Bakery leader indicted in journalist’s slaying
OAKLAND — More than a year and a half after Oakland Post Editor Chauncey Bailey was gunned down while walking to work, an Alameda County grand jury indicted the leader of the now-defunct Your Black Muslim Bakery on Wednesday on charges that he ordered the journalist killed.
The indictment accuses Yusuf Bey IV, 23, of murder for allegedly telling two followers to kill the 57-year-old Bailey on Aug. 2, 2007. The grand jury that returned the indictment heard two days of testimony last week from the alleged gunman, Devaughndre Broussard, 21, who until Wednesday was the only person charged in Bailey’s death.
Broussard, a former handyman at the bakery, told prosecutors in March that Bey wanted Bailey dead because he believed the journalist was working on a story about Your Black Muslim Bakery’s internal problems. He said Bey also blamed Bailey for the 2003 death of his father, Yusuf Bey, who founded the black self-empowerment group in 1968 and led it until dying of cancer.
In addition to Bailey’s slaying, the indictment accuses Bey of murder for allegedly ordering the killings of two men in July 2007, 36-year-old Michael Wills and Odell Roberson Jr., 31. He is also accused in a December 2006 incident in which someone shot into an unoccupied car in Oakland.
Bakery’s rise and fall
Your Black Muslim Bakery was perhaps the Bay Area’s most visible Black Muslim institution in its prime, but even before Broussard turned against Bey, the Oakland group had been racked by turmoil and finally collapsed.
The elder Bey, founder of the bakery, took the teachings of Nation of Islam leader Elijah Muhammad and turned them into largely secular mantras for his bakery, which was incorporated as a for-profit business in 1968.
Bey won contracts to sell his preservative-free pies and goods at many venues. But the core of the business was showing that the most underprivileged, disenfranchised black people “could be independent and successful people if given the chance,” his oldest biological son, Yusuf Bey Jr., said in a 2007 interview.
The elder Bey, however, was tarnished by accusations near the end of his life that he had impregnated girls who were associated with the bakery. After his death, Yusuf Bey IV emerged from a series of power struggles to take control.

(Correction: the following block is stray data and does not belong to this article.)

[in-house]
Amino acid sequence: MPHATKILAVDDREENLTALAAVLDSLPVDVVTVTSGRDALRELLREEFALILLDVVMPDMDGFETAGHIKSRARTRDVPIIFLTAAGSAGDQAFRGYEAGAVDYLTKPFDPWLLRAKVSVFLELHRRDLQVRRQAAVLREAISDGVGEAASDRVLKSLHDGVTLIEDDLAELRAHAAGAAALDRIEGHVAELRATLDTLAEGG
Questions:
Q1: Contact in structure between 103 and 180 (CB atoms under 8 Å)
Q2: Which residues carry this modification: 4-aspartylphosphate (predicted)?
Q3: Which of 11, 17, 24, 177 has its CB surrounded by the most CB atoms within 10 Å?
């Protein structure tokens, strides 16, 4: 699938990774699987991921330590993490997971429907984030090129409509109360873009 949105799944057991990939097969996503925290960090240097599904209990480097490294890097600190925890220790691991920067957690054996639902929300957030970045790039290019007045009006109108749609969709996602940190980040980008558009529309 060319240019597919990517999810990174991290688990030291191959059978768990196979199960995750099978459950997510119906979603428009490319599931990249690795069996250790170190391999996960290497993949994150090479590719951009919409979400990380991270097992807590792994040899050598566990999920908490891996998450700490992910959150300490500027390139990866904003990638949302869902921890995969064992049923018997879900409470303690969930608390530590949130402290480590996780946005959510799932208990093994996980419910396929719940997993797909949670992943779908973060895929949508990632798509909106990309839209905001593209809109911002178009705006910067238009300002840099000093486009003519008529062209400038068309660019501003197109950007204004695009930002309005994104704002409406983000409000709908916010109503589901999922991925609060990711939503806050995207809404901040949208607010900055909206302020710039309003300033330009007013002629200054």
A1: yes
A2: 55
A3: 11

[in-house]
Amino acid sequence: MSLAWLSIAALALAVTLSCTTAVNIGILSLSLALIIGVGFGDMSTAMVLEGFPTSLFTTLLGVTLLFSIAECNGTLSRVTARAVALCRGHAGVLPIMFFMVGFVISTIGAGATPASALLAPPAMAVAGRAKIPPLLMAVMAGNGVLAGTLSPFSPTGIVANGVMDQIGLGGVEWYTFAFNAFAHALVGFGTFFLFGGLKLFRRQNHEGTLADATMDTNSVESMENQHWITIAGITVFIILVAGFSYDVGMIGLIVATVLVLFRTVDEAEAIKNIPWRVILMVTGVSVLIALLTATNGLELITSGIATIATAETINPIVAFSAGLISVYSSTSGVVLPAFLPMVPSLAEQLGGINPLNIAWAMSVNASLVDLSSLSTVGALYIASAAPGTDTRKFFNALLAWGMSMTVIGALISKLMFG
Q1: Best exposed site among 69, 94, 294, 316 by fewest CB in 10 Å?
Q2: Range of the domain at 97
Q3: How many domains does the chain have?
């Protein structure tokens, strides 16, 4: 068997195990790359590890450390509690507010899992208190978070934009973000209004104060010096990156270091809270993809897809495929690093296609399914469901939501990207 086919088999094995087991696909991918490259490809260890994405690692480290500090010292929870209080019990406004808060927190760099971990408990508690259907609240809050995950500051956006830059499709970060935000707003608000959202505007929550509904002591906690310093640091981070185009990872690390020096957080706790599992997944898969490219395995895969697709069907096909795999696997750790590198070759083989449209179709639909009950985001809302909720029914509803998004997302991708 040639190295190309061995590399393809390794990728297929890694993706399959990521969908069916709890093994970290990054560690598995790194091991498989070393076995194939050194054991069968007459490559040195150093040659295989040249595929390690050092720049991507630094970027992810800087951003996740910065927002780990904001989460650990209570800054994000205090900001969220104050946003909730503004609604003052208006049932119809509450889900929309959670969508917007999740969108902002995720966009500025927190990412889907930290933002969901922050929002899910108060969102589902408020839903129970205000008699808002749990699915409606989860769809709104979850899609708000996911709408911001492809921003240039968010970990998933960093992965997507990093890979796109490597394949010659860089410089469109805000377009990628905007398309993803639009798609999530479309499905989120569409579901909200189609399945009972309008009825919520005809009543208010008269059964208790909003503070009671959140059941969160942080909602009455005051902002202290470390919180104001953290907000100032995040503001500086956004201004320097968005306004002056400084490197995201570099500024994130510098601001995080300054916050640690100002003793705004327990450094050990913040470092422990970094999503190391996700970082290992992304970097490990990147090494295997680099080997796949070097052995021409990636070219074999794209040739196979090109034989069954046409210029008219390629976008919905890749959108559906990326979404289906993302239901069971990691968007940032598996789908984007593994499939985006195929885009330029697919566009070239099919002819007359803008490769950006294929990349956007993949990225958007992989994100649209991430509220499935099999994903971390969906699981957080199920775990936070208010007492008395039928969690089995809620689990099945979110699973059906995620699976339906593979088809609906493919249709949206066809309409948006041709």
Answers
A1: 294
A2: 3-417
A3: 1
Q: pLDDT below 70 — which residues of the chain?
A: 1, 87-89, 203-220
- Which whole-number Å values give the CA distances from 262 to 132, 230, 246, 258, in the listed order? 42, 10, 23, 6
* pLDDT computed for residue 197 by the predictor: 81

Bey IV was soon accused of leading a gang of bakery followers in trashing two Oakland stores for selling liquor. He also took the bakery into bankruptcy proceedings, then tried to back out. Even with its damaged reputation, the bakery was able to secure endorsement letters in the bankruptcy case from Mayor Ron Dellums and Rep. Barbara Lee, although she later withdrew hers.
Yusuf Bey IV discusses religious beliefs in jail calls
OAKLAND — Yusuf Bey IV sometimes claims to be God. He says recent world crises and natural disasters happened because he has been in jail the past 20 months. Like his late father, Yusuf Bey, he says it is right to have more than one wife.
He thinks a “mother ship” orbits the Earth — one with which he maintains contact.
He thinks President Barack Obama is secretly a Black Muslim who sent Bey IV a clandestine message by wearing a red tie at his inauguration. His presidency was predicted by prophecy — it is a sign of the approaching end times. Bey IV says that when he’s exonerated on the charges he now faces — including those of ordering the killing of journalist Chauncey Bailey — he will take his rightful place as a presidential adviser.
The conversations reveal much about Bey IV, who is accused of offering two of his followers advice on how to acquire loans through fraud in exchange for killing Bailey, and ordering what one of them described in testimony as an “eye for eye” slaying of a relative of a man convicted of killing his brother Antar Bey in 2005.
In the phone calls, Bey IV often espouses beliefs similar to the rancorous screeds his father made for years on a weekly cable television show and during his 1994 campaign for Oakland mayor that imploded behind anti-Semitic statements.
The now defunct Your Black Muslim Bakery is best described as a “splinter group or faction” of the Nation of Islam that became its own sect, said Paul Lee, a Detroit historian on the Nation of Islam who knew and studied Bey.
Visit The Chauncey Bailey Project for indepth information.
Black Muslim Bakery has had a long and checkered history